-- lesley (firstname.lastname@example.org), August 09, 2001.
I recently priced a 14' U-haul to get Kevin's and my stuff from NY to Hartville, MO, and almost died when they told me $900! We're going to be very selective about what we bring, as we'll be paying storage fees for most of it once we get there. We're planning on framing four walls and a roof for a 12x12 shed, and bringing it on the truck, and finishing the assembly there. Cheap and quick "house", while we build a real house. My biggest worry is my books. Which ones do I really need? How do I decide? I have books that I thought I'd read "someday" when I had time; now do I get rid of them just as the chance to read them may be just around the bend?
-- Cathy in NY (email@example.com), August 09, 2001.
The only thing about getting shook of the used stuff you have and buying someone else's used stuff is that you then have to figure in the learning curve on what is GOING to be wrong with the used stuff you buy that you have to learn how to fix. The last move I made just tested every fiber of my being.
I'll tell ya'll a little story here.....Lived in LALA Land for five or six years. moved there with literally two suitcases and a small bass rig (that's music, not fish!) in the interim started up a business and aquired a lot of STUFF. It was all used and gotten at a very reasonable price as screen printing equipment is really expensive, and hard to find at garage sales. It's also very heavy.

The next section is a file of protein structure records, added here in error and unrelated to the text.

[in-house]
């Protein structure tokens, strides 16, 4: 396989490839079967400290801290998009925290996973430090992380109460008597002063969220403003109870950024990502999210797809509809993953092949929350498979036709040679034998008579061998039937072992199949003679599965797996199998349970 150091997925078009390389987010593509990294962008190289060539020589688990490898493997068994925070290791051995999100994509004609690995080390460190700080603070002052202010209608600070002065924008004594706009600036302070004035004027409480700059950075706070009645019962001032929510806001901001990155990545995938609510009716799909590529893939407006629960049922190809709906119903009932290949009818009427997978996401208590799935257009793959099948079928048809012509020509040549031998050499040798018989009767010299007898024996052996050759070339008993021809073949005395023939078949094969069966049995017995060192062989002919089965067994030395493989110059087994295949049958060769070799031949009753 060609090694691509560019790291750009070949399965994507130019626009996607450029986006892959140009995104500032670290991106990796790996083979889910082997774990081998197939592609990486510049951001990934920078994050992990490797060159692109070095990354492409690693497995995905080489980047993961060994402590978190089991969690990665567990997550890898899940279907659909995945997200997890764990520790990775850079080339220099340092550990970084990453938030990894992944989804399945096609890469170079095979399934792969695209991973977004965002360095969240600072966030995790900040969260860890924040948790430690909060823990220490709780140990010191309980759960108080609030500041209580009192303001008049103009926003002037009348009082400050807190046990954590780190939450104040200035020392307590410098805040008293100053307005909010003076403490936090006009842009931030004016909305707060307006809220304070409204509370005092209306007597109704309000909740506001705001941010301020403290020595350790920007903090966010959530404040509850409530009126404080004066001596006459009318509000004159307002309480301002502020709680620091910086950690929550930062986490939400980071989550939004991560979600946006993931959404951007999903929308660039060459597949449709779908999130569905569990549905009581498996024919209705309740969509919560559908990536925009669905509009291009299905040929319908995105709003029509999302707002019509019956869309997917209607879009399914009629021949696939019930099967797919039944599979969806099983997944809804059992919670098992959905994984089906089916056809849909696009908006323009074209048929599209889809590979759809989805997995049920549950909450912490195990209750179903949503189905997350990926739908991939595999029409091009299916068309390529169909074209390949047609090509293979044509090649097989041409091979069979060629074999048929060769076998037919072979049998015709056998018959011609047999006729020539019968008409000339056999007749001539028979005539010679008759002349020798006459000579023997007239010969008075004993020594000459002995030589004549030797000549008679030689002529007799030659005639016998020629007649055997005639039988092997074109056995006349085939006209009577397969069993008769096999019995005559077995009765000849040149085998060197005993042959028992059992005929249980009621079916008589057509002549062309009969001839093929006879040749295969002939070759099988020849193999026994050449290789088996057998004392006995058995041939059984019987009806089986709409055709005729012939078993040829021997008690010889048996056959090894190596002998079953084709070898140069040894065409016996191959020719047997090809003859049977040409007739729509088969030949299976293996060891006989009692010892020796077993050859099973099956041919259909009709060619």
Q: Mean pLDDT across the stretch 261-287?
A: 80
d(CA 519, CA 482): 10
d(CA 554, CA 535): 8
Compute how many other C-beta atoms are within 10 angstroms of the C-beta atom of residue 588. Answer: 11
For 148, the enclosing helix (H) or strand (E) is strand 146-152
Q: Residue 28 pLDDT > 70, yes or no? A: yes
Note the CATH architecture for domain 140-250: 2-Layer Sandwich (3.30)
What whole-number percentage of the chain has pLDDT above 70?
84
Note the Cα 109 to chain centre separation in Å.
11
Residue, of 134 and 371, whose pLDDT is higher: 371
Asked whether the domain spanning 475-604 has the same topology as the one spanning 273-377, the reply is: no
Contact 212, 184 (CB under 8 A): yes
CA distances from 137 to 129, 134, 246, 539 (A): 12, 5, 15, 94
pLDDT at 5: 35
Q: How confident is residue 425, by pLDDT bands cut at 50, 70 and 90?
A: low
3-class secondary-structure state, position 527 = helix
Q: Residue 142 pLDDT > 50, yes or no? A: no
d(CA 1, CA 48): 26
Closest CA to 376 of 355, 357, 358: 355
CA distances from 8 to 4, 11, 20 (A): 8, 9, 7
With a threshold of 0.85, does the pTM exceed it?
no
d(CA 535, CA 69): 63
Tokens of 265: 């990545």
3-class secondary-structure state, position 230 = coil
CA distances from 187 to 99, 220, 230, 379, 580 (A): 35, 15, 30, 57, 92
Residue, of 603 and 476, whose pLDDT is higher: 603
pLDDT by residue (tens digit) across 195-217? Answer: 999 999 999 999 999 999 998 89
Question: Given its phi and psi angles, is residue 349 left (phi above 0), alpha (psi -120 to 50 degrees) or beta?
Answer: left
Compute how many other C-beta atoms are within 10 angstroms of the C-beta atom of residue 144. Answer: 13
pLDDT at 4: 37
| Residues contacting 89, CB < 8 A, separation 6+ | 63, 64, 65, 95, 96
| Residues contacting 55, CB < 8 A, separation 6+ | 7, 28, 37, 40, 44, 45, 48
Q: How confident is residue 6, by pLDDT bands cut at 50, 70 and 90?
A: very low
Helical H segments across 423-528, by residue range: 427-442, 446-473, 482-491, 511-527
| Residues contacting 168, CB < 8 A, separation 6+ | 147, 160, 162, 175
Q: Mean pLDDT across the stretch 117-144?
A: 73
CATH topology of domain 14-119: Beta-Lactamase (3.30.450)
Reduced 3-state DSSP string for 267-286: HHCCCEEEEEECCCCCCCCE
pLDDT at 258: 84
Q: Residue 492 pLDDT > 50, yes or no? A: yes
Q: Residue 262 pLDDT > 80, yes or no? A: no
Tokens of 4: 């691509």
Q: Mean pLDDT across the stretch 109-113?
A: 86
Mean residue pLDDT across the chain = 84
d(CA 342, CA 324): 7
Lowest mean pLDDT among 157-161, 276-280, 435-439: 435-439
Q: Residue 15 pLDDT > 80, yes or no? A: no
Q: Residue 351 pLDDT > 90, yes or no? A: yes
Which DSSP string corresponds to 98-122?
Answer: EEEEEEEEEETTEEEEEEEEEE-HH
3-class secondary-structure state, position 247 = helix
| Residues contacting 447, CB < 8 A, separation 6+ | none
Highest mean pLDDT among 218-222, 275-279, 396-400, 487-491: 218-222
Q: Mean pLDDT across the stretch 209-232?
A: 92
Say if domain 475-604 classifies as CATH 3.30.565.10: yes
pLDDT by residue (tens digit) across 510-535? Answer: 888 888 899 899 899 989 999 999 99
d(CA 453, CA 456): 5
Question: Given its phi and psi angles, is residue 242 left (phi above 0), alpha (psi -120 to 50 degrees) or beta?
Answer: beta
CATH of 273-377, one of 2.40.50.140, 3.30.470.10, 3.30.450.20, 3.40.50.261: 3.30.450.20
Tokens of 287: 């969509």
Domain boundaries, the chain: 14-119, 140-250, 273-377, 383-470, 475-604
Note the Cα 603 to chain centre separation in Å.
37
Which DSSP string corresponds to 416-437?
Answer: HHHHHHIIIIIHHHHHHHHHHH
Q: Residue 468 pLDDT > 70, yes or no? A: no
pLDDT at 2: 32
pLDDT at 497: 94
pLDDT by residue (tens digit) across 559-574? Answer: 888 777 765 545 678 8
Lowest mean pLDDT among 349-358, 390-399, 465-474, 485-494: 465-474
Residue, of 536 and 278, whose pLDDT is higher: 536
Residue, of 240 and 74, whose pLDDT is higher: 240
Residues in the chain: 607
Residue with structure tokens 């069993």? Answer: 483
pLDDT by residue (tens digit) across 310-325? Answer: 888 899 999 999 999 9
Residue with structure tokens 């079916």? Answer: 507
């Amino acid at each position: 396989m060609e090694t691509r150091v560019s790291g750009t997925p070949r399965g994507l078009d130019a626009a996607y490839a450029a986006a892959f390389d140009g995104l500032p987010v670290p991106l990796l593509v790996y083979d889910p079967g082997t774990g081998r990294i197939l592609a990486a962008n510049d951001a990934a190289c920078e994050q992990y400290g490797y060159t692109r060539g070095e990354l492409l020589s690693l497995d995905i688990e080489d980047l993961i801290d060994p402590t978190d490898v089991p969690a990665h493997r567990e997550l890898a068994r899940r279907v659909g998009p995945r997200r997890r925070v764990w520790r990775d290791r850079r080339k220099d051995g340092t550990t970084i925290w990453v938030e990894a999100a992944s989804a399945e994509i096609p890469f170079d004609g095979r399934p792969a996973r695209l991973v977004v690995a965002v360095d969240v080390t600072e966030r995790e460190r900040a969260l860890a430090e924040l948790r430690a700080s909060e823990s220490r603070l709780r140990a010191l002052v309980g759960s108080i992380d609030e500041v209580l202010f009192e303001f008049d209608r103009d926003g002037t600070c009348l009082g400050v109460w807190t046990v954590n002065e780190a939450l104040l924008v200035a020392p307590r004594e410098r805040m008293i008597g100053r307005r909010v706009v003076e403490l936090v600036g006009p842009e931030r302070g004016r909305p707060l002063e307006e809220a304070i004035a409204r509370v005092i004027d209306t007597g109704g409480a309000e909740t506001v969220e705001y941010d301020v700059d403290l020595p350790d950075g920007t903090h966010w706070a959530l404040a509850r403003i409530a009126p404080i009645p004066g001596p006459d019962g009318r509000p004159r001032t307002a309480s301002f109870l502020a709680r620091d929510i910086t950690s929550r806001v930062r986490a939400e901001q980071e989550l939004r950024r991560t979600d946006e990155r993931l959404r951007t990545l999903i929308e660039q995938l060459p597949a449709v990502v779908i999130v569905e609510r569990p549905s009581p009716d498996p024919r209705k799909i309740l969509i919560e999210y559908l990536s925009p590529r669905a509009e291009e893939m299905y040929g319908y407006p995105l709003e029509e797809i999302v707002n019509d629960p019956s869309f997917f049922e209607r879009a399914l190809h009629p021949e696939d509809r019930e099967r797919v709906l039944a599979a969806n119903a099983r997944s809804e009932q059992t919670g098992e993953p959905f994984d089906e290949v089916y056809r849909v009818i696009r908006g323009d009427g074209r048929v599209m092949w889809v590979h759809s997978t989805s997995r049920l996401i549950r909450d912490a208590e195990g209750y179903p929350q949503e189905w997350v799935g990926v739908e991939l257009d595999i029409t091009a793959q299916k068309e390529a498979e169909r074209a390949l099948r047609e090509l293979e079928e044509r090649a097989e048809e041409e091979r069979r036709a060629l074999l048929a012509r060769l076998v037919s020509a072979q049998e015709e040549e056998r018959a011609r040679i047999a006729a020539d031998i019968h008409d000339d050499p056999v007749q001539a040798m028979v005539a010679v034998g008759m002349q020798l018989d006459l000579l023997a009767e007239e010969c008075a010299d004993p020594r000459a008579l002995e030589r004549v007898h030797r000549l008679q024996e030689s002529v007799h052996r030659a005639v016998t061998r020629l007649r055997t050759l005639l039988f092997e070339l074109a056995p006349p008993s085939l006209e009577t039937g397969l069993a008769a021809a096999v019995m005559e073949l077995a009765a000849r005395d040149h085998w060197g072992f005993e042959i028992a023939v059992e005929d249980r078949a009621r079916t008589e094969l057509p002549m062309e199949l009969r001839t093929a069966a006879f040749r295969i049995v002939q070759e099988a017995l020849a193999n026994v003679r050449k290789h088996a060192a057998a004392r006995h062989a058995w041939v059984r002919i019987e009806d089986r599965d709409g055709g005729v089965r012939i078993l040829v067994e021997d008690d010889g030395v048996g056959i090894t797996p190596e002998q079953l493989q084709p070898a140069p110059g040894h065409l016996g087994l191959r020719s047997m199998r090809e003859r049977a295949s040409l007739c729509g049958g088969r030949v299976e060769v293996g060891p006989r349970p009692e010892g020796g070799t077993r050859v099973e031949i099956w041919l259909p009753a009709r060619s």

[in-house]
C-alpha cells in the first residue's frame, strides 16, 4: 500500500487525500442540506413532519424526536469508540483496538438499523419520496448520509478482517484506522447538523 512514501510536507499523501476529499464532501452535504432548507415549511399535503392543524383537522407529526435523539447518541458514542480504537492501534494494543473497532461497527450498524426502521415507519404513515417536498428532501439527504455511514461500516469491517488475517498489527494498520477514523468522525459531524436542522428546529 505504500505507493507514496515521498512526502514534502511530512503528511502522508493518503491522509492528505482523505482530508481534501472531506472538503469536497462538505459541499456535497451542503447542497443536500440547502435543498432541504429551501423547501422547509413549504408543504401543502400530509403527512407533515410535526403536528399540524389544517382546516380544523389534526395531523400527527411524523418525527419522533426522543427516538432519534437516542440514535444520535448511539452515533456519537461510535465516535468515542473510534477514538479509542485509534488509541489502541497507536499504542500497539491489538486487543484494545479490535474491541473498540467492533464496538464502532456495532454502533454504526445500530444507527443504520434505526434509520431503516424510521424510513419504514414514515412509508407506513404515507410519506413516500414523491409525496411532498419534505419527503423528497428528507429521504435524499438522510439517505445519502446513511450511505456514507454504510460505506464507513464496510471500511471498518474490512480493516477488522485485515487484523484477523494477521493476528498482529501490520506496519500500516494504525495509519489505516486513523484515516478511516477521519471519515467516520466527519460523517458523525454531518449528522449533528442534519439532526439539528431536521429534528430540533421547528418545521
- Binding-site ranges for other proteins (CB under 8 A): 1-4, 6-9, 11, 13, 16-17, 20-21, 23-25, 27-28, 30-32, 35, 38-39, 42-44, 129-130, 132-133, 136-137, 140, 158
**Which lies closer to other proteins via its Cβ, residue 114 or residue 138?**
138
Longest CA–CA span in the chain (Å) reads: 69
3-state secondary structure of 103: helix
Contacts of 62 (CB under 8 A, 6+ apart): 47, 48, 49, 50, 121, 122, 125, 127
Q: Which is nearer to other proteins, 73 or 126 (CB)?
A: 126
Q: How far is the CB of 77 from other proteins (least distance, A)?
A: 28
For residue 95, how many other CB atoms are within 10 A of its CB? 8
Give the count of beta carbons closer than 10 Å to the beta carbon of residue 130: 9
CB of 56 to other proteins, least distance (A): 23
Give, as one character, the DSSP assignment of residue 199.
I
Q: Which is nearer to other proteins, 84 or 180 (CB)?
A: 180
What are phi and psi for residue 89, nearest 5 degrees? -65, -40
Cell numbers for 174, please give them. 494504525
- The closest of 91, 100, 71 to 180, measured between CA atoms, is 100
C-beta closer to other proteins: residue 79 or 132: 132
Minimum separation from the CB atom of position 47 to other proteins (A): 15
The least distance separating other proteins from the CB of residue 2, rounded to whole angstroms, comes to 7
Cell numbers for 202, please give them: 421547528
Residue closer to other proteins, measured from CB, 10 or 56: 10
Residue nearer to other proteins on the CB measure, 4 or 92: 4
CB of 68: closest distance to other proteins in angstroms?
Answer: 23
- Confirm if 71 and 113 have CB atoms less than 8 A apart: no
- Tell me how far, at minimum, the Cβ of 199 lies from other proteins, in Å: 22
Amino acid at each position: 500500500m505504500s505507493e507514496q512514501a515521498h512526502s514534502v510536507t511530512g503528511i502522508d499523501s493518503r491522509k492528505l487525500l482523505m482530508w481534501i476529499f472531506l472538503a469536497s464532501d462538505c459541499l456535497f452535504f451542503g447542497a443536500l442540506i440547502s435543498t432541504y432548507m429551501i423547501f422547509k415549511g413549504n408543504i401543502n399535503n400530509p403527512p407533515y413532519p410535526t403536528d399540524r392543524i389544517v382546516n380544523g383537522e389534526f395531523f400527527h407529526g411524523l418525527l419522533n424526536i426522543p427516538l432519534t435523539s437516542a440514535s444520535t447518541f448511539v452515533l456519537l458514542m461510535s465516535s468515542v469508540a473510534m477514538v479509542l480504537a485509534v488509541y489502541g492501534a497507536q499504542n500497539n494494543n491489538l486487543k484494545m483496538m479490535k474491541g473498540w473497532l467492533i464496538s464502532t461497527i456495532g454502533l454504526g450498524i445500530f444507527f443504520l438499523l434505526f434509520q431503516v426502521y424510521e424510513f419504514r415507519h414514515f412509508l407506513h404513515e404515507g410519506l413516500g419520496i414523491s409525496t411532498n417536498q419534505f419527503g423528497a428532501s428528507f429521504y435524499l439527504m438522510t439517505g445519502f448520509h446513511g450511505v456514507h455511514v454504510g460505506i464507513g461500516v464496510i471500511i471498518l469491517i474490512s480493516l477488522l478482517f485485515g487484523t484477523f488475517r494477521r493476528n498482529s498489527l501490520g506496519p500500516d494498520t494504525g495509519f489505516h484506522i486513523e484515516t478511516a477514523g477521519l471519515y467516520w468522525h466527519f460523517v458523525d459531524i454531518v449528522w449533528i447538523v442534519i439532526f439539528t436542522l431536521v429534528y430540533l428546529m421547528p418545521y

So Doreen one day has a revelation while stuck in traffic AGAIN on the 101 and the 405. I get back home and announce..."It's time to go. I can't do it anymore....." See, I caught myself daydreaming about the size of charge needed to blow up the Sepulveda dam and decided it was in the best interest of everyone to get out. But having just gotten the business to the point of paying the bills and getting clientele, I didn't want to bail on everything. Also I had nothing to bail with as everything was in the business. See how that goes?
So we go on junkets to several out of the way places around the country that are not frigid in winter and decide we like Texas.
Come back for a show in Texas and look for shops in an hours radius find one and have to occupy in 1 month. Holy Smokes! Drive back to LA and commence to stressing. (saw a UFO on the drive back, too!) Couldn't afford a moving van. I read somewhere to buy a bus and then sell that upon arrival. So we checked into that, and found a good bus for $2200. GREAT!!! I forgot to figure in the curve of the ceiling! Big whoops there. We tear out the seats and put a sign on them in the front yard FREE!!! They are gone in two days! So I make a breaker wall and install in the bus leaving room to put milk crates loaded with books under the couch behind the driver's seat. We break everything down to the absolute smallest it can be being fairly organized with the bolts et al and Tetris everything into the bus and still have half a bus load left over......Hmmmm. So I say, we must buy a trailer.